Skill WOW 10: Brady’s Box Redux
Important Note: Aidan’s movements in this drill (from catching to throwing) are not optimal as I did a poor job in prepping him (i.e. I didn’t prep him at all). Also, we were being attacked by mosquitos. Also, also, he was probably trying to stay in frame. Also, also, also, my throwing accuracy/timing left something to be desired.
– The main goal here is to work on a smooth transition from receiving the disc into a low release throwing motion. Then, work on making that transition faster and faster.
– The box size and speed of the participants can be adjusted to help improve technique or to challenge the consistency and speed of the throws in question.
– Moving from receiving momentum into a throwing motion is a habit that almost all top level throwers have (and cultivate). This is not to say it is always necessary to fake the swing pass with a low release motion, or to fake at all. However, it is always easier to scale back from this habit then to try and add that skill when you need it.
– The same ‘fake/throw with momentum habit’ applies to catching upline passes (i.e. fake huck to get the marker to strike) and plenty of other situations. Practicing using your momentum to go into the throwing motion every time you catch the disc it is a good goal for developing ultimate players.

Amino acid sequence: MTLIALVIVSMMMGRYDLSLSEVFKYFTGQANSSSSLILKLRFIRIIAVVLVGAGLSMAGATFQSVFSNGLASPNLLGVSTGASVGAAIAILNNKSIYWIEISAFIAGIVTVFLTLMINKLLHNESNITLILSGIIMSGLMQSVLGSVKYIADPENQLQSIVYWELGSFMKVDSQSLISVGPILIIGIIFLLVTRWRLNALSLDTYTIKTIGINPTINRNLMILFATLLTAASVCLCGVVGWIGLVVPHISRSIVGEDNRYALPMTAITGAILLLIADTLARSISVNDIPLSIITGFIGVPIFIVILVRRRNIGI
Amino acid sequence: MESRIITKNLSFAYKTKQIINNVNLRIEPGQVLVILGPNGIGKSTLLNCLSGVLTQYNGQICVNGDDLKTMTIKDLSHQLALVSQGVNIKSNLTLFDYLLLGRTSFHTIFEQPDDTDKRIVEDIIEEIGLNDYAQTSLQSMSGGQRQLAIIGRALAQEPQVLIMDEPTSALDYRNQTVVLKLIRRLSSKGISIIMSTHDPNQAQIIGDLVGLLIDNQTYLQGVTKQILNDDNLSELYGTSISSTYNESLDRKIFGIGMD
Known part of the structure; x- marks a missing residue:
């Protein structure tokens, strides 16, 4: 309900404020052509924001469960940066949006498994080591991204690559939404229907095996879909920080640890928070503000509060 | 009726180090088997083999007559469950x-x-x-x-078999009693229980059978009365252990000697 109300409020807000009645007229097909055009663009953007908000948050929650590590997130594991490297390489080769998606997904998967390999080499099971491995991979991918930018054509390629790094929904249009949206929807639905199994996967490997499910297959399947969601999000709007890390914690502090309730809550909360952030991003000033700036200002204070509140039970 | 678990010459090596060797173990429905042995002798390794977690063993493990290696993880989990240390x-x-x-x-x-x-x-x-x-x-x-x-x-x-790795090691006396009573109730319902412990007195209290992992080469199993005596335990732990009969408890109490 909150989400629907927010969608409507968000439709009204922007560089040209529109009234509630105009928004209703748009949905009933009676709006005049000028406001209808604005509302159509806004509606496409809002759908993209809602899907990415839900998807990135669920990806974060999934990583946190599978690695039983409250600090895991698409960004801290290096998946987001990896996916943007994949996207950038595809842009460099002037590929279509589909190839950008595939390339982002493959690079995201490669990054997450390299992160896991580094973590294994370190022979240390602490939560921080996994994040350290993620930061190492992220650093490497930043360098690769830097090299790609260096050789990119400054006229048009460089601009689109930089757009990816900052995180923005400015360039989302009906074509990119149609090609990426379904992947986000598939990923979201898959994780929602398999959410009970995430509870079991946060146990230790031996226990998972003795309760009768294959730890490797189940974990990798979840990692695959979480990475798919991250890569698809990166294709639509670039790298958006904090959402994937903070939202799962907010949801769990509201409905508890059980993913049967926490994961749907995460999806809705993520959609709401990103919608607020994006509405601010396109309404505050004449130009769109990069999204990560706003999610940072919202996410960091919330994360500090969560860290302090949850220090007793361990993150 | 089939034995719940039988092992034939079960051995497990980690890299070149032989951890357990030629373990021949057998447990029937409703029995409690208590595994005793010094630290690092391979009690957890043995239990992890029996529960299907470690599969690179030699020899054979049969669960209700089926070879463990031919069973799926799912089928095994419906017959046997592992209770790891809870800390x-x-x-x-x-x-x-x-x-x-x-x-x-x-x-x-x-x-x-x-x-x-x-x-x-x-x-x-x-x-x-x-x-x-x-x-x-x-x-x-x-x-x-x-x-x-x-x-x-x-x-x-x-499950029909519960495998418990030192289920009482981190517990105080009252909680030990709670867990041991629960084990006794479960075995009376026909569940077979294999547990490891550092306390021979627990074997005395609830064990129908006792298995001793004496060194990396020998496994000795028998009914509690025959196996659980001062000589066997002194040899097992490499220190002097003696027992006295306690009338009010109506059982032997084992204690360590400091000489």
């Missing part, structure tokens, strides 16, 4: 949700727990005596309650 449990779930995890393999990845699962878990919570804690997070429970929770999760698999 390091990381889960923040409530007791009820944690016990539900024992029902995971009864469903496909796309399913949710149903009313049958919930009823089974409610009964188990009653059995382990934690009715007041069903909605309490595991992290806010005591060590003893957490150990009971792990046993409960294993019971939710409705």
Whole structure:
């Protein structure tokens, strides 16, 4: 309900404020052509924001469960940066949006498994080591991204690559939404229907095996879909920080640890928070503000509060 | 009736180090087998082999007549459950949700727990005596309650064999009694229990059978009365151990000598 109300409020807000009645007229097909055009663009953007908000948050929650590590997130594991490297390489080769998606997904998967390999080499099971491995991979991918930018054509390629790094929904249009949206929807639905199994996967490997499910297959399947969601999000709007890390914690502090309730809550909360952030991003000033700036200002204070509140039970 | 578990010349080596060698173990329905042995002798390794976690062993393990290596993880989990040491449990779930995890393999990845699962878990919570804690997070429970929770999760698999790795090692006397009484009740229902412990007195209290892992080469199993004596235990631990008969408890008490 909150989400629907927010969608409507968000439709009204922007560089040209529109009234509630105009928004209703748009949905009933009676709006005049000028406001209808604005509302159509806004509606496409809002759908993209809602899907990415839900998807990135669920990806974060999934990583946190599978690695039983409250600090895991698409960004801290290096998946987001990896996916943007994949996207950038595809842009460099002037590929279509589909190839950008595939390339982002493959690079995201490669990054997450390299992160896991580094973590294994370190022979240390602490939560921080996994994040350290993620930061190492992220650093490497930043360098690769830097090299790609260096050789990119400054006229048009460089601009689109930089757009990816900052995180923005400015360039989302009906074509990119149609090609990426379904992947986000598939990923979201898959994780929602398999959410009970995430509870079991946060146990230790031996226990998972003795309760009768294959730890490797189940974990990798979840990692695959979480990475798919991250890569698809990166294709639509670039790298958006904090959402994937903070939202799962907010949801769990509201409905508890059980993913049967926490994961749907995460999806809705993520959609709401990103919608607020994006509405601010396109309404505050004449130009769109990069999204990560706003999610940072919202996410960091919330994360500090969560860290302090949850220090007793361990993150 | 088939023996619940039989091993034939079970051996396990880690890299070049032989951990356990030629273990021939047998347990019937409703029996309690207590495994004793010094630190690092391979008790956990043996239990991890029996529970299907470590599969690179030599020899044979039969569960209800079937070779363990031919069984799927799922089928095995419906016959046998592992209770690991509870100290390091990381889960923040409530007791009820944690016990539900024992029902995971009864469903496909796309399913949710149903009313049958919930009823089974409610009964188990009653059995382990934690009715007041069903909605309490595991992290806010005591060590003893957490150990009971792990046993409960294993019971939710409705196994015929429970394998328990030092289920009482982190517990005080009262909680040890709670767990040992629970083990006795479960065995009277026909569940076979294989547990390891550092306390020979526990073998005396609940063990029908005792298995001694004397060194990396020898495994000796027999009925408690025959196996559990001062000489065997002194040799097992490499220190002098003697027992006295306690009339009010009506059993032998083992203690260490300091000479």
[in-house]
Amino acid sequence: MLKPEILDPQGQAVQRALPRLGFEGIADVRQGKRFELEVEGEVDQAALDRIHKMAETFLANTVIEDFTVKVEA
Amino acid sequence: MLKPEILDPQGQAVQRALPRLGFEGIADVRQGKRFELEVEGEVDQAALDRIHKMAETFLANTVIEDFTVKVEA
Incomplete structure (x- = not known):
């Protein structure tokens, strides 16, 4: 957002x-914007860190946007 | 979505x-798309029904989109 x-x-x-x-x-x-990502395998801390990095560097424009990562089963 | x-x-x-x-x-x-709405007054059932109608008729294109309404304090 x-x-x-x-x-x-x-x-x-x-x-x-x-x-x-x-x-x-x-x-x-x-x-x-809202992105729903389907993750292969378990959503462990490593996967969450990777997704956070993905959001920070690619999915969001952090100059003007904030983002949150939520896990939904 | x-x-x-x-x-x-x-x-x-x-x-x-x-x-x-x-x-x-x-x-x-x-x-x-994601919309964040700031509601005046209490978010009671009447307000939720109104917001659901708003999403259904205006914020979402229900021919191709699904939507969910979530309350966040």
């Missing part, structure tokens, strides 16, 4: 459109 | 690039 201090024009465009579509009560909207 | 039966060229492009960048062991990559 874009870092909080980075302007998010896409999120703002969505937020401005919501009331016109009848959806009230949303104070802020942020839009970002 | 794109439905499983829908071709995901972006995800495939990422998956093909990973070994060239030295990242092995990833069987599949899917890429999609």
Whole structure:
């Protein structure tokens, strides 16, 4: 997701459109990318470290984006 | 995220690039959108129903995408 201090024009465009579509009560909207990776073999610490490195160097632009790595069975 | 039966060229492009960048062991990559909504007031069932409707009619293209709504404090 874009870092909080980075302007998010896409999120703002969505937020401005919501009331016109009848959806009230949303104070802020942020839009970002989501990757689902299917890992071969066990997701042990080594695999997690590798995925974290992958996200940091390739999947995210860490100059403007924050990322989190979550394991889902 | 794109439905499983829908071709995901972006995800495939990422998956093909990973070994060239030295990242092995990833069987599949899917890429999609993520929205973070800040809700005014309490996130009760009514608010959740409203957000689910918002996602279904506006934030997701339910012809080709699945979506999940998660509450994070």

Some examples (you can find plenty others online) where using your momentum moves defenders to allow other throws and to help cutters get open. Thanks to the boys in
blue red for the great (and useful) highlight video.
Mike Shiel receives crossfield hammer and demonstrates that sometimes just a slight backhand lean is enough to move a defender (and allow him to get off a crossfield inside out flick huck)
Goose (not this one, this one) and TK (white hat cutting onto screen from the right) demonstrate how to get a downfield defender (#3 – middle of the field) to lean a step too far back towards the disc. Goose not only sets up his backhand huck with this motion, but helps TK get extra separation deep.
Sheehan (cutting to the sideline for the layout grab) demonstrates how using a dump fake (forehand in this case) can help your teammate get open upline (to #22 on Sockeye’s post goal anger).
While the cutters above also got open through good cutting technique and athleticism, the throwers really help these plays develop. This matters even more at the highest level when getting a defender to take one step too many or pause for a split second is enough to make the difference.